The words of the Lord’s Prayer remind us that praying is not just an act or a ritual we perform. Rather it is the meditation of our heart to turn our words into action. Therefore, prayer is essential to release the younger generation, not just in the response of their hearts to the Lord but in response to being sent out to where the heart of the Lord is, that is the harvest.

Prayer and missions are not two separate pathways where one can choose either prayer or mission, depending on one’s preference which dictates one’s participation. The invitation to pray and the invitation to missions are ultimately an invitation to surrender oneself to the Lordship of Christ. Prayer and mission are united. The two must come together, as the body of Christ unites as one in raising our voices to the cry ‘Maranatha, come Lord Jesus come.’

Birthing Missions Through Prayer

The prophet Jeremiah demonstrates how intimacy with God, cultivated through prayer and worship, leads to the birth of something greater and beyond ourselves. Jeremiah’s relationship with the Lord propelled him to respond to the call of God upon his life despite his insecurities and insufficiencies (Jeremiah 1:6).

In fact, intimacy with God through prayer is crucial in aligning our perspective with God’s. It is through honest and open communing with God that we can catch his heartbeat. Consider Jonah. In his exchange with God, Jonah poured out his displeasure at God’s compassion for Nineveh. However, through that interaction, God revealed to Jonah his heart for the city (Jonah 4: 10 –11).

“But the LORD said, “You have been concerned about this plant, though you did not tend it or make it grow. It sprang up overnight and died overnight. And should I not have concern for the great city of Nineveh, in which there are more than a hundred and twenty thousand people who cannot tell their right hand from their left – and also many animals?” (Jonah 4: 10 11, NIV)

Similarly, as young people interact with God in prayer, listen to him, and allow him to speak, they catch a glimpse of his heart for the lost and can discern God call upon their lives. Such revelation is a powerful impetus that launches young people into the harvest field without turning back (avoiding the experience of being swallowed by a fish, hopefully!).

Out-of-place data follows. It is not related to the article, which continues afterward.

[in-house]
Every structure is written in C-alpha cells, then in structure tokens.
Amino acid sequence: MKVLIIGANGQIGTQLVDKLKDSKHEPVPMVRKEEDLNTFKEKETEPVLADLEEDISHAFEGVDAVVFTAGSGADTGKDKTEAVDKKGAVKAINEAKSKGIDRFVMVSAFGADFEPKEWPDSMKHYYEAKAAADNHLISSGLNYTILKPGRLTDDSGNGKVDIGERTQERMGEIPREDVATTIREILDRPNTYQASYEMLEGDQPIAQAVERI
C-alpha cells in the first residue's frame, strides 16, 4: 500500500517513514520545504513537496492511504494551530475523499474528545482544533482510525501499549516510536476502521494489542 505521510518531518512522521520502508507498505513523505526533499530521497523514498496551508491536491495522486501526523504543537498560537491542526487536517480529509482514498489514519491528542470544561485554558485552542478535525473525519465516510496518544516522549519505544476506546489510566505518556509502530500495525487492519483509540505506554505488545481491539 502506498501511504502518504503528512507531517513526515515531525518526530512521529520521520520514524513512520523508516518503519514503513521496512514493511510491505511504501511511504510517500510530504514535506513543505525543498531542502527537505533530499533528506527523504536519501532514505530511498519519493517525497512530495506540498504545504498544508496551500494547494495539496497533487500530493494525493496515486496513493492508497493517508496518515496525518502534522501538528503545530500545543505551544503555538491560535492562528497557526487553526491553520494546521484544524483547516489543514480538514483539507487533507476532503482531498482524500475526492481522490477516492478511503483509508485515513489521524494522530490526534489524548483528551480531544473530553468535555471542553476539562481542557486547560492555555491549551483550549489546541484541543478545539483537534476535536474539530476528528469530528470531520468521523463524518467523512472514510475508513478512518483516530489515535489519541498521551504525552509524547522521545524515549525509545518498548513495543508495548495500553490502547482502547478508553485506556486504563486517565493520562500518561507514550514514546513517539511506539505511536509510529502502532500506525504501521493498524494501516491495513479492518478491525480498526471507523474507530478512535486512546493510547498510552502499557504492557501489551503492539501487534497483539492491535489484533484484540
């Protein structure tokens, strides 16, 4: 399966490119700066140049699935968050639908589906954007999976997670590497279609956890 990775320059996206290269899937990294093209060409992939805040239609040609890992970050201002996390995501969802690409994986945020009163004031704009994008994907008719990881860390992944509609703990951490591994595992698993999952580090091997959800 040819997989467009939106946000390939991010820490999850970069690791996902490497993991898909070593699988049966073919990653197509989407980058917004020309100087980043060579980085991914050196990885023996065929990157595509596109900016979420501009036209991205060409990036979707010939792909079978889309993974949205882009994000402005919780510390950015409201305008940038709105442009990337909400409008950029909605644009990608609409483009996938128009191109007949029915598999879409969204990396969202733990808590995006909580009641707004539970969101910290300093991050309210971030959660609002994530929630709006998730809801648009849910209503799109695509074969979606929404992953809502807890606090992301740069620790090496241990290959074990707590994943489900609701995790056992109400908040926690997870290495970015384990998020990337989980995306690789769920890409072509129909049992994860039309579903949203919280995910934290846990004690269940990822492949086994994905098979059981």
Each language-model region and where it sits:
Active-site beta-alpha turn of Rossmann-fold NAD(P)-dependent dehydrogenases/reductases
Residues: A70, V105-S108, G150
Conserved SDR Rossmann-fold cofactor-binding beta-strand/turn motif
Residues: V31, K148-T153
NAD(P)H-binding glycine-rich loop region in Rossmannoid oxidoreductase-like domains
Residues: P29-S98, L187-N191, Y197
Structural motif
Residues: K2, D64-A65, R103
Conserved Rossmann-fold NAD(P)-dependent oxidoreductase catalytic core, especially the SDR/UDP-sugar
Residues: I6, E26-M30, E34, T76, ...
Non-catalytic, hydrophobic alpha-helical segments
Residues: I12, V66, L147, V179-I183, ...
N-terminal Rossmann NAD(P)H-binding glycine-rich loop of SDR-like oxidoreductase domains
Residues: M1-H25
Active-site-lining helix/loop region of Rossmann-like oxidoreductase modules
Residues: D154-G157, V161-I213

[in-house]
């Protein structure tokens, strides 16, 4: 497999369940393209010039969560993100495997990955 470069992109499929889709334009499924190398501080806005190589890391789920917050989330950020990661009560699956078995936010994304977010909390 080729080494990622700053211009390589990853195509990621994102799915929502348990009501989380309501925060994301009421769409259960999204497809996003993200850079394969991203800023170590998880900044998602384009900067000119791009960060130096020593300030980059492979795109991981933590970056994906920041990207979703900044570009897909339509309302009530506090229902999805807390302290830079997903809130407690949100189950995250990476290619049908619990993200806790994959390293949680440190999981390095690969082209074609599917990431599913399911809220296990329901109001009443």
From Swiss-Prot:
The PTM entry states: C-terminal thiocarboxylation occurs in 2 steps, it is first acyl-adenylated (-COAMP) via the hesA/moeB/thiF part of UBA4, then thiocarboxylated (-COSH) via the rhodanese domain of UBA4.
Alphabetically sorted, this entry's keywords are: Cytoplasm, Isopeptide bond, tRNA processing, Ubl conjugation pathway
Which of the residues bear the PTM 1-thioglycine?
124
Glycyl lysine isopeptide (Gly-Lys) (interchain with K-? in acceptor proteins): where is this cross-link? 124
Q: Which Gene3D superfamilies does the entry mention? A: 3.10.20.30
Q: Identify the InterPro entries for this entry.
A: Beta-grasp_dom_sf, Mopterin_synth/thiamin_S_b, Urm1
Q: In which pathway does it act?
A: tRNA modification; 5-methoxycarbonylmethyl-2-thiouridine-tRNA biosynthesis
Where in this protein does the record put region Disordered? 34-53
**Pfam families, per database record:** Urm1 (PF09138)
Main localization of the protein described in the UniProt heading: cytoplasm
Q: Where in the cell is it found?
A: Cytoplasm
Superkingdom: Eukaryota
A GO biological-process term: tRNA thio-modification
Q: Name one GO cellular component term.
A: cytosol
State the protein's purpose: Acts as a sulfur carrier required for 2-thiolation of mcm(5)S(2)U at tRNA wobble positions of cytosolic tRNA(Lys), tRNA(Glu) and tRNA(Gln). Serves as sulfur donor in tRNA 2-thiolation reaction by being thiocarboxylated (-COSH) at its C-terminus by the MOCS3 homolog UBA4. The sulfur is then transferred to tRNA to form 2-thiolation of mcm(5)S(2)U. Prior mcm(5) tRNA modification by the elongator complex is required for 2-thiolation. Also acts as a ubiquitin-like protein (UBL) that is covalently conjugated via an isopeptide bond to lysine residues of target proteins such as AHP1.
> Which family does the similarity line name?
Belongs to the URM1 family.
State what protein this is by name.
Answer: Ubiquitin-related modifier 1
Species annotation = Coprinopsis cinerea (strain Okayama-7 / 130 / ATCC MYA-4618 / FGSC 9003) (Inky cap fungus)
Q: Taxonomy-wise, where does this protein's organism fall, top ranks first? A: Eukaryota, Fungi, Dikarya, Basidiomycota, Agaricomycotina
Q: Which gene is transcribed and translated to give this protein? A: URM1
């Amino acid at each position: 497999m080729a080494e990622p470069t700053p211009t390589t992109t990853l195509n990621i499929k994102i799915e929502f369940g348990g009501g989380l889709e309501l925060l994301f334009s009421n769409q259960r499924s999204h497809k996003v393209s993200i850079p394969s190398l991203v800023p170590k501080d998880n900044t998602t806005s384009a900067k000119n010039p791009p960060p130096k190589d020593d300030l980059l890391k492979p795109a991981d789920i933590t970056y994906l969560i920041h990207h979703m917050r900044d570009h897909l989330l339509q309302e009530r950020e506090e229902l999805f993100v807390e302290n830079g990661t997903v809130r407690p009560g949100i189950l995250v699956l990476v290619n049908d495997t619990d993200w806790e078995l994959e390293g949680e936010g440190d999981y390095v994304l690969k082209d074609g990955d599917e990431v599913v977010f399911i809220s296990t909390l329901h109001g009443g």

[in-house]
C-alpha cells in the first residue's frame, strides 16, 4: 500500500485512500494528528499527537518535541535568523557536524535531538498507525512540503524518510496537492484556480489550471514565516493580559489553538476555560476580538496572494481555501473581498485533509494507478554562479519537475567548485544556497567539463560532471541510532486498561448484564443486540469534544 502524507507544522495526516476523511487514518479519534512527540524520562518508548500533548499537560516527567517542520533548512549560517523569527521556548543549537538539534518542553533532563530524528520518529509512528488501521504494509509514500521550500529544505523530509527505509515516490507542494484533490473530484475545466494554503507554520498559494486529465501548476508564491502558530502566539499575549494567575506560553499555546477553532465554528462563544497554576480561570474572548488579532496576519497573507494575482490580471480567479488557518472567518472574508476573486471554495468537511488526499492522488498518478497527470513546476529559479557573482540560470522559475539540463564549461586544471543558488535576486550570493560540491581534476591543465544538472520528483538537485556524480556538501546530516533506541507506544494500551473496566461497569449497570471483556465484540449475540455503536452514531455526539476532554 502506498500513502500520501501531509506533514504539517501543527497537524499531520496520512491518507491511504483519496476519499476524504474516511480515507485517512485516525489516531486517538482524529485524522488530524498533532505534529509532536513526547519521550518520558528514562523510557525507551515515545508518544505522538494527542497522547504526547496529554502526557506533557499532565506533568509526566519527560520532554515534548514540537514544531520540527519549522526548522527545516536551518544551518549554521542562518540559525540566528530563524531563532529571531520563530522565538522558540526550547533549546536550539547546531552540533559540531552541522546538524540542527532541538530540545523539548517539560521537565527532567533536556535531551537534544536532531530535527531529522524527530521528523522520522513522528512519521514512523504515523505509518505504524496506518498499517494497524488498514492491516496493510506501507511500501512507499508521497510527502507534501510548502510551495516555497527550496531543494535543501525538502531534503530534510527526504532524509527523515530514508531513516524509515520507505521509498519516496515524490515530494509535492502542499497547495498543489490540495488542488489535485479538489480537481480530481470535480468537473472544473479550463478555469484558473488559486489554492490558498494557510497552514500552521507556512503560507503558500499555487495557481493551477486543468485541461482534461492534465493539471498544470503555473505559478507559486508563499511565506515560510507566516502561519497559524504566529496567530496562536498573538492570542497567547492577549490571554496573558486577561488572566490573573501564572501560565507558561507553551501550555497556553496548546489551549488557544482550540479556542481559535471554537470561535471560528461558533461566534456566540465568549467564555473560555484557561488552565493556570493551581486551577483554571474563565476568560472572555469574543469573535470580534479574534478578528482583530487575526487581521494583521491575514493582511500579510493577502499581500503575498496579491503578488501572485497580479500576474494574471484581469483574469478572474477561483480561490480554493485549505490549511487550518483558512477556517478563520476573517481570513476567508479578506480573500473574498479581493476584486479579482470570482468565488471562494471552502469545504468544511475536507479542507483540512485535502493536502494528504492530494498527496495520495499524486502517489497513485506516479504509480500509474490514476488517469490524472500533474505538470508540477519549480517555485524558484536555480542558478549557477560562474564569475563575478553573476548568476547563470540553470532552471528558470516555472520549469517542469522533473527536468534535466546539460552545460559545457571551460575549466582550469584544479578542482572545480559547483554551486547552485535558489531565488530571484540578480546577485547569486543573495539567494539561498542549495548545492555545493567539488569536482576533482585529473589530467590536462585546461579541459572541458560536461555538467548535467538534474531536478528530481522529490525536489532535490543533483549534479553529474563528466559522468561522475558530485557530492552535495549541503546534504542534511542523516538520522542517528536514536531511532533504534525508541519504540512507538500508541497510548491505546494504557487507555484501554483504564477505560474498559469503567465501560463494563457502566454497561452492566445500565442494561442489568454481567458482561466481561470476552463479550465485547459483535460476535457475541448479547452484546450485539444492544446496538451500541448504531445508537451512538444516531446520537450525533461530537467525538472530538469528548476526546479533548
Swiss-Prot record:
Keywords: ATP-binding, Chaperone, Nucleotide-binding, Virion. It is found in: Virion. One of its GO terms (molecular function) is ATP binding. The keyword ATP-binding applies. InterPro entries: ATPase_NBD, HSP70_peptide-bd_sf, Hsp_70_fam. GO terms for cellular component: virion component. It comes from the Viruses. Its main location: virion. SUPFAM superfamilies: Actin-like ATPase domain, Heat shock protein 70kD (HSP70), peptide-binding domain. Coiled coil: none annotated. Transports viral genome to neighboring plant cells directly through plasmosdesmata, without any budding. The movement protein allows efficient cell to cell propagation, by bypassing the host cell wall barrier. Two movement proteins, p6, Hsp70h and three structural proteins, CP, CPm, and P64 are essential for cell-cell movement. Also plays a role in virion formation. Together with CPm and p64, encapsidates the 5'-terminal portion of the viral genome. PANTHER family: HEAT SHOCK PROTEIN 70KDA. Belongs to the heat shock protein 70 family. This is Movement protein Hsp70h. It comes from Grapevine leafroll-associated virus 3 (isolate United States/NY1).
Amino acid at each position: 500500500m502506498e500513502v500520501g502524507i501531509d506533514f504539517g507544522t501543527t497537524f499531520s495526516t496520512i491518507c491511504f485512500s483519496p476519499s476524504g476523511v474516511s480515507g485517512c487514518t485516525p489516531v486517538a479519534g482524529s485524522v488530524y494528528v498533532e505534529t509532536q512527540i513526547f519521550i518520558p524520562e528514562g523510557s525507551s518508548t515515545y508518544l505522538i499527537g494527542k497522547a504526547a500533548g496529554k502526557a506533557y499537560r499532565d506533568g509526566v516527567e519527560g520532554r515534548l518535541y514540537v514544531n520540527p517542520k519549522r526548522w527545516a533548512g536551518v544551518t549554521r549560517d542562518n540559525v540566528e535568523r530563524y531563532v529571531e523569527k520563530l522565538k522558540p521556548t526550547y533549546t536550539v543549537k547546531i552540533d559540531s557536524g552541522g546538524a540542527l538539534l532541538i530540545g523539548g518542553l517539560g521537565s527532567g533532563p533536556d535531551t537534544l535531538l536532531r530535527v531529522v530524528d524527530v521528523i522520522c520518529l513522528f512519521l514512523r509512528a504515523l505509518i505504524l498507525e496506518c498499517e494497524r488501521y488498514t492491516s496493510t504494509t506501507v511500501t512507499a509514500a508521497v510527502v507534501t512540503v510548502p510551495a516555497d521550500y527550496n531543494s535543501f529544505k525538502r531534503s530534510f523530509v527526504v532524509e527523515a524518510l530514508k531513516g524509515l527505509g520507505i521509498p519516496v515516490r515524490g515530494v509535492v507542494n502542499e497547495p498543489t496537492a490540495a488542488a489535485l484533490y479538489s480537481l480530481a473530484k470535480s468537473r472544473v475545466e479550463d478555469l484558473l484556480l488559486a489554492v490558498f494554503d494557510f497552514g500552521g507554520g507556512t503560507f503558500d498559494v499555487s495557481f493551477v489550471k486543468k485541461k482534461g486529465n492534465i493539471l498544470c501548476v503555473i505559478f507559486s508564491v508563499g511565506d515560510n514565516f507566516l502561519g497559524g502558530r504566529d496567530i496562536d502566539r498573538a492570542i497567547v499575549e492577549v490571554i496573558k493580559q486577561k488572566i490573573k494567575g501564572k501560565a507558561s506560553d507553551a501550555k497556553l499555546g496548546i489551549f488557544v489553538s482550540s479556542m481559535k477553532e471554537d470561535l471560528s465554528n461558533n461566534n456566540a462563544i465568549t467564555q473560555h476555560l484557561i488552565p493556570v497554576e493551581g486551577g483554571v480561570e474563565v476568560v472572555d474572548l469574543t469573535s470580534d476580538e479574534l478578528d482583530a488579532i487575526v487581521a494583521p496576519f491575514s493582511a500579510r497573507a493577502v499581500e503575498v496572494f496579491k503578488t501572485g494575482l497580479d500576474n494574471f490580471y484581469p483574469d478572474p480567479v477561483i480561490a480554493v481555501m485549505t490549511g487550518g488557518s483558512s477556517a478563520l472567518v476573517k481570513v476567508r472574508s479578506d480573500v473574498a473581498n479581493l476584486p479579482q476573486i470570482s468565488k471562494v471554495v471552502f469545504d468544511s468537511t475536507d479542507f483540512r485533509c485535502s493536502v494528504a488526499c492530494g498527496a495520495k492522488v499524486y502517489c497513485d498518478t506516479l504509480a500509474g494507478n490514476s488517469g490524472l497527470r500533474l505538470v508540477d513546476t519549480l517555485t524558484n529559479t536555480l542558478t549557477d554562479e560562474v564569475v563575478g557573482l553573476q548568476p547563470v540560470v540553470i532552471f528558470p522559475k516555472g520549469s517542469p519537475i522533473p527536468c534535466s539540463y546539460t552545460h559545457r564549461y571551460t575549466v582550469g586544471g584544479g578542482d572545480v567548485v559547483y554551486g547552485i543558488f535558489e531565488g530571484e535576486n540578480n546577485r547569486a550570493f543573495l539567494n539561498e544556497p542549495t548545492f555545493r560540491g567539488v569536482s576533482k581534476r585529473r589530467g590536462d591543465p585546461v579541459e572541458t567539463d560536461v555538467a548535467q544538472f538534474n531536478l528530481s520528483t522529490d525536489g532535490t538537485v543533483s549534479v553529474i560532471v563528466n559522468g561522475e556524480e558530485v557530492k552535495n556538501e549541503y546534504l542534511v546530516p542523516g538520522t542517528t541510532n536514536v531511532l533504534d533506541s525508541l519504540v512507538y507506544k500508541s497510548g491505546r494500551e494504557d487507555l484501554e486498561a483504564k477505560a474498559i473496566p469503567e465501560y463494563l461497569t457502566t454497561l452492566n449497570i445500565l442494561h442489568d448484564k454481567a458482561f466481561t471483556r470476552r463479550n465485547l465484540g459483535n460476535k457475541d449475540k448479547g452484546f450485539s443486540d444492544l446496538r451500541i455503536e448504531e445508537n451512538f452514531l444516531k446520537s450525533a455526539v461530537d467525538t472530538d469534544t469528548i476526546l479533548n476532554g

Releasing Young People to Lead and Serve

Cody, Rebecca, Jed, and I (Ann) see a growing family of the old and young rising to their God-given roles to love him with all our hearts and souls. With that kind of love, we can reach a world that can witness powerful authentic love and unity among the generations!

But this cannot happen if younger people are not released to both lead and serve. As a 22-year veteran in prayer ministry, I believe it is time for us to embrace and launch the younger generations we have been mentoring into their destinies and positions in the Body of Christ.

We need to be so generous and big-hearted to give them the platform. When we say they are important, then we need to show it by giving away, not holding onto, our positions! As we move aside, we can still pray for them, love them, and watch how the Lord will enlarge their capacity to serve and lead.

Just imagine how powerful it would be if every young person would catch the heart of God. Imagine if through prayer, they could discern their calling and be launched into the harvest field wherever they are (schools, universities, marketplaces, neighborhoods). My prayer is for a lifestyle of prayer to be cultivated among the younger generation and through that, may God unleash a great move of missions in these last days!

Let’s get going!

Ann Low
Cody Low
Rebecca Joy
Jed Tin

Ann Low ( is a part of the leadership of the International Prayer Council and the Southeast Asia Prayer Council. She has been involved in mobilising prayer in this region, and in particular in Malaysia, for more than 20 years.

Cody Low ( is the facilitator for the Seed-Tree-Forest prayer meeting once a month on Global Family 24-7 Prayer ( He is a teacher and is active in gospel outreach to youth.

Rebecca Joy ( ) leads the Shiloh House of Prayer and is the illustrator and author of Crossover, a book of art and poetry which reveals her journey of knowing Christ and finding her identity in him.

Jed Tin ( is actively involved in Prayer United (PU) Youth Malaysia where he and the team have been mobilising prayer among the younger generation in Malaysia.


[i] Nathan A. Finn, “The One Hundred Year Prayer Meeting,” June 1, 2022,

[ii] “What was the Haystack Prayer Meeting?” Got Questions,

[iii] Jason Law, “The Bario Revival: Its Background Context and Beginnings,” Christianity Malaysia, July 17, 2015,

[iv] Watch Jed’s prayer for Indonesia at the 2017 Prayer and Missions conference held in Hernhutt, Germany here: . This was at the site of the Moravian 100-year prayer meeting.

[v] See Rebecca Joy’s work in these two places:,

EMQ, Volume 59, Issue 1. Copyright © 2023 by Missio Nexus. All rights reserved. Not to be reproduced or copied in any form without written permission from Missio Nexus. Email: